The Broiler Industry

By: Joe Brown Email
By: Joe Brown Email

“Poultry can be improved on with genetics real quickly because of the short generation time, in 18 or 20 weeks you know, you can turn over a generation, so just simple selective genetics have brought it a long way.”

“Several years ago when I was showing we showed them at 11 weeks and they would run three and a half or four pounds a piece. Today, you know, at 45 days we’ve got 8 and 9 pound birds.”

Dale Hyatt is the manager of the poultry research farm at Texas A&M.

“The research that goes on here tries to key on breast meat yield. We’ve gone in the last 5 years from 16%, 18%, to over 20% now. We’ll continue to try and bring that up because that’s the high dollar cut of the bird, and that’s what the producer wants. That’s what the consumer wants.”

A lot of chicken is exported.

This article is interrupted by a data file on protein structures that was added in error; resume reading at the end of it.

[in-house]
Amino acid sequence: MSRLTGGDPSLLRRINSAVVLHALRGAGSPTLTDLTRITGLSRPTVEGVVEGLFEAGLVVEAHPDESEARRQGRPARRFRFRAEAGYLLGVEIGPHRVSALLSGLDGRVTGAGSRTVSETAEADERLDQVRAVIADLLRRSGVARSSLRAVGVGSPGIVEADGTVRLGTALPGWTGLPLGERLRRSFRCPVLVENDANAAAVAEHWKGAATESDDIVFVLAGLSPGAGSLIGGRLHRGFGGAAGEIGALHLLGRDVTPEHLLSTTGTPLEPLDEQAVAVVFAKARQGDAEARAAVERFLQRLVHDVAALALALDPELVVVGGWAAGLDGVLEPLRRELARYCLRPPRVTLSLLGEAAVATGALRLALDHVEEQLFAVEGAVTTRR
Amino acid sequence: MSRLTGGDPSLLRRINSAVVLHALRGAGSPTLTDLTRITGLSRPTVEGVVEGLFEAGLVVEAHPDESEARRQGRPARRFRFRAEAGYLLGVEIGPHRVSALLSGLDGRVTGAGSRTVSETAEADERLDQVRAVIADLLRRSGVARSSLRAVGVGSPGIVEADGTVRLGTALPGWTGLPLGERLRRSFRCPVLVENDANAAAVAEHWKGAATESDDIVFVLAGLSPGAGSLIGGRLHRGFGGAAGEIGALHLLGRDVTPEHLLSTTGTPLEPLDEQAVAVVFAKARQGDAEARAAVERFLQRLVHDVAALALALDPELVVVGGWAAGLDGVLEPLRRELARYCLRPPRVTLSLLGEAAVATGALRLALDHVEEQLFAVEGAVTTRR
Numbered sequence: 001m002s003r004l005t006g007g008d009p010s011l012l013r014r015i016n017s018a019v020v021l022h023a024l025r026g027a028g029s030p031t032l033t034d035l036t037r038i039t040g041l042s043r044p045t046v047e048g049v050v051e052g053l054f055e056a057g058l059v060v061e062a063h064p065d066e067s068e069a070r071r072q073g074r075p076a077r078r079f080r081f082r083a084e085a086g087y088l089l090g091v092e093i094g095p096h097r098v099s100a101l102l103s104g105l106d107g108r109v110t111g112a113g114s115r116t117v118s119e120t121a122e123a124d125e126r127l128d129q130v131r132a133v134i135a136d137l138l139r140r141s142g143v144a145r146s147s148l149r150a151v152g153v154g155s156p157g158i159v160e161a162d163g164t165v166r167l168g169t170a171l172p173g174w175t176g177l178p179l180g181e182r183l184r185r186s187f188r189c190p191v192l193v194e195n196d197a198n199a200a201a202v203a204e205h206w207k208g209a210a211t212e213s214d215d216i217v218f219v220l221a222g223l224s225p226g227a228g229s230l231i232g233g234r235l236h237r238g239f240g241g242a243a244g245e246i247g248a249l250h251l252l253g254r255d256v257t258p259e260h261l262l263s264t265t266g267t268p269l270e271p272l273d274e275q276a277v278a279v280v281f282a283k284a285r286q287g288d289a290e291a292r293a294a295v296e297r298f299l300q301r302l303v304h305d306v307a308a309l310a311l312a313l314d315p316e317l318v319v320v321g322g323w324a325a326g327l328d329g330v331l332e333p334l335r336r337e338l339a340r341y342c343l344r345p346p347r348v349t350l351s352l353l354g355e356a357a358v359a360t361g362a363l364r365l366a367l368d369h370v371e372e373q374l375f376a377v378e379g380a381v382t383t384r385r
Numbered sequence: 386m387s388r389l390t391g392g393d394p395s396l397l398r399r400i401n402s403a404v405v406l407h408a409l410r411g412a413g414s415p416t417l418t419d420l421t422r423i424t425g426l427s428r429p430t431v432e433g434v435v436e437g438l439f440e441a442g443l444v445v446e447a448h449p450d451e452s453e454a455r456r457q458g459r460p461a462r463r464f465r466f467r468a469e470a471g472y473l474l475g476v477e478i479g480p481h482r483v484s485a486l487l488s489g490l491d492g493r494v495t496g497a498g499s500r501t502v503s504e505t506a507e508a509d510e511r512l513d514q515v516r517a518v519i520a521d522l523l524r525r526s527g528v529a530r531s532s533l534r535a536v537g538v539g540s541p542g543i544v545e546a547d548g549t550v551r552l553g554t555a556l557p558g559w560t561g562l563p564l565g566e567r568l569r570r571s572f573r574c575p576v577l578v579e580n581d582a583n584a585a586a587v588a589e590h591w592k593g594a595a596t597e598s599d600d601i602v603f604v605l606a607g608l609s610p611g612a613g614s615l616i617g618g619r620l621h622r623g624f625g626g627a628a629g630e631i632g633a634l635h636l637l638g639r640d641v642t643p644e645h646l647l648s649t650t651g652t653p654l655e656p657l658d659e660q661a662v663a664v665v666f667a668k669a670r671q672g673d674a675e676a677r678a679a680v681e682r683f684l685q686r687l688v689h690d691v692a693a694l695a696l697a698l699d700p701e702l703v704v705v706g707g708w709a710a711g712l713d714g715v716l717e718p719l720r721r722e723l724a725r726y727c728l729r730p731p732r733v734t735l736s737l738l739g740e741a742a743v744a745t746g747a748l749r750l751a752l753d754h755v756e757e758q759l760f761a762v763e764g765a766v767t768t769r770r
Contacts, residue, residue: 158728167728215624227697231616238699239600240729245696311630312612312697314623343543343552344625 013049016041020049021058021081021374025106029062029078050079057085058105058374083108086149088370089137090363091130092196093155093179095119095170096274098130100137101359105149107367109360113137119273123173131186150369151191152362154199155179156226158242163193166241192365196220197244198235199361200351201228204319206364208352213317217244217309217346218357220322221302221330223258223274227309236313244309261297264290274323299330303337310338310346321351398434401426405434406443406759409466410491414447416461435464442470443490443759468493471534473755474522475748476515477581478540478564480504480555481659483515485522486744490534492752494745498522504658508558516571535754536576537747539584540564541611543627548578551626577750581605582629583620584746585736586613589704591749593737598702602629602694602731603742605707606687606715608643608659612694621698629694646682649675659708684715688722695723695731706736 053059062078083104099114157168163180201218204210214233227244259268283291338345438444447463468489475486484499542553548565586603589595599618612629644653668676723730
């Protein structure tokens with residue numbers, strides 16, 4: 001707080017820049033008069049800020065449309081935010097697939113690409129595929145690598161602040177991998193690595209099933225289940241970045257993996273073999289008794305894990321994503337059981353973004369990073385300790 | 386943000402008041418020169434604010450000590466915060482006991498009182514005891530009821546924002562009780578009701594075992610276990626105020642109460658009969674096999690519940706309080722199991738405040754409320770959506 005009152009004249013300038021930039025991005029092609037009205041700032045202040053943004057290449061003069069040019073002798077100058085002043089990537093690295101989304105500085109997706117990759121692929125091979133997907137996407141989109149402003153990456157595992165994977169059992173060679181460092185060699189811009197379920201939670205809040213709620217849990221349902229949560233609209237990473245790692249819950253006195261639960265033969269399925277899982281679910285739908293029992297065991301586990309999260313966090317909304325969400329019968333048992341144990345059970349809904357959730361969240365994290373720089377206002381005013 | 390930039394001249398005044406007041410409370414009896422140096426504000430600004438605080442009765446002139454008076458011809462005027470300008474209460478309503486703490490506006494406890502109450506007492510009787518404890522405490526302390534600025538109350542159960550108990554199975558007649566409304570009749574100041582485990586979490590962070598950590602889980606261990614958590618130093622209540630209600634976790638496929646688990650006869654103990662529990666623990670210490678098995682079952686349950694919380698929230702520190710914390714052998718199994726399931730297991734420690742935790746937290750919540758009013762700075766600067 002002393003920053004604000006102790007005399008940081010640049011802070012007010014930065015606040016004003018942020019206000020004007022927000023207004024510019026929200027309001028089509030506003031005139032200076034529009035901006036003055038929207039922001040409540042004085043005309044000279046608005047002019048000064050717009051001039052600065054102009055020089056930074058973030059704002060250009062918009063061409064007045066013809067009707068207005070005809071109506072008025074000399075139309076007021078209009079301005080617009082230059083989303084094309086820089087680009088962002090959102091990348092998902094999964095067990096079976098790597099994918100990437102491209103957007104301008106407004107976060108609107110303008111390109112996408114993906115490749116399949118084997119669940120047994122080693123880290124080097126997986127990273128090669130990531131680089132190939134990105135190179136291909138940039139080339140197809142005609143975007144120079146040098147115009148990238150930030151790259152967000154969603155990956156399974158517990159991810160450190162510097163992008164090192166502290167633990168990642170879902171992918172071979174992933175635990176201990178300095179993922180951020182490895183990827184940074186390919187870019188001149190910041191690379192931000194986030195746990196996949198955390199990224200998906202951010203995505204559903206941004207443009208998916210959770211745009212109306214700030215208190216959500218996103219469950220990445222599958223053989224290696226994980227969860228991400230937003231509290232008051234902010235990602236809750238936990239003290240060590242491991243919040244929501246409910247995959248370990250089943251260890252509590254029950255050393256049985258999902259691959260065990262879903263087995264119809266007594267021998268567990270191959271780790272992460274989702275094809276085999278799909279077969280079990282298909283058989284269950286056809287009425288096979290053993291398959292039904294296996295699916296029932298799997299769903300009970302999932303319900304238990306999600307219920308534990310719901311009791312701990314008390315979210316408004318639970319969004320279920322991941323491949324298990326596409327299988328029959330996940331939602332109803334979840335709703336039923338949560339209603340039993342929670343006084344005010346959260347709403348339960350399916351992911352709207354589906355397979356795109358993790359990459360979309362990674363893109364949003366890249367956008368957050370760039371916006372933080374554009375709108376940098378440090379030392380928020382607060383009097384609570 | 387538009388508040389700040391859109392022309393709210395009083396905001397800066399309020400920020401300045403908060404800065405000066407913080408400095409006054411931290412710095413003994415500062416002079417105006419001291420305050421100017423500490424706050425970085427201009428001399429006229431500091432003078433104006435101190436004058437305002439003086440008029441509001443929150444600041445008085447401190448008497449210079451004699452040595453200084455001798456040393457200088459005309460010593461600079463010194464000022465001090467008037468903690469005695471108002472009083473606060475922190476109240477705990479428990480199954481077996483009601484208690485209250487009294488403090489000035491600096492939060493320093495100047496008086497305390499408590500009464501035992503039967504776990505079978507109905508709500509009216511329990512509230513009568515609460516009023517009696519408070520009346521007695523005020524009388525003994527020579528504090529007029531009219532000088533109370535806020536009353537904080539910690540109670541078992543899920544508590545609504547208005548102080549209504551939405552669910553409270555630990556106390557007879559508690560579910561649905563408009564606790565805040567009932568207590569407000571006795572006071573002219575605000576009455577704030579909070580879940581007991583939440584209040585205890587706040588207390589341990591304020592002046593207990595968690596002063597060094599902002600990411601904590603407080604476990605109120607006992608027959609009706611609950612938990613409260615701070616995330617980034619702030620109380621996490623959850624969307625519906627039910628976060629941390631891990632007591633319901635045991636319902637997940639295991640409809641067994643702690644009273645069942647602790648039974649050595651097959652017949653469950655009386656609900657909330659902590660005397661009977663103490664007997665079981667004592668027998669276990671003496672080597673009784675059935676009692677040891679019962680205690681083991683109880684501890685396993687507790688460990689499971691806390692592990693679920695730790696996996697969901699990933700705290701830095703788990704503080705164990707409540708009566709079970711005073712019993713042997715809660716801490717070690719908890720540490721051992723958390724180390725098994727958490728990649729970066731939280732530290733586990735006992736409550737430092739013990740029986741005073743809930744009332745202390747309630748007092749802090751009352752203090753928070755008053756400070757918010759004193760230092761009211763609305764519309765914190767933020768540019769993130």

“We export a lot of dark meat actually. In the Asian countries, and in China, Russia, they buy a lot of dark meat and whole birds as well, but their more known export is for the leg quarters, dark meat type market.”

In 2006, the U.S. processed an estimated 9 billion broilers.

“Right now about 5 or 6 companies raise about 80% of the broilers that are consumed here in the United States, and we’ve got close to 90 pounds per capita consumption of chicken meat, so it’s the largest one.”

Independent farm chicken flocks disappeared long ago, but local farmers are still utilized as growers.

“You had the guy making feed, the guy hatching birds, the guy processing birds, the guys growing birds. Now this is all handled globally under one management, so you cut a lot of that middleman profit out, and it’s made a very inexpensive product, which in the old days, chicken was the high dollar food, that was the special occasion stuff.”

In fact, because of integrated production chicken is the cheapest it’s ever been.

“In real dollars, it costs about one half today to buy a pound of chicken than it did in 1965.”

The U.S. food supply… still the safest, cheapest, most abundant in the world. I’m Joe Brown, looking at Brazos Valley agriculture, From the Ground Up.


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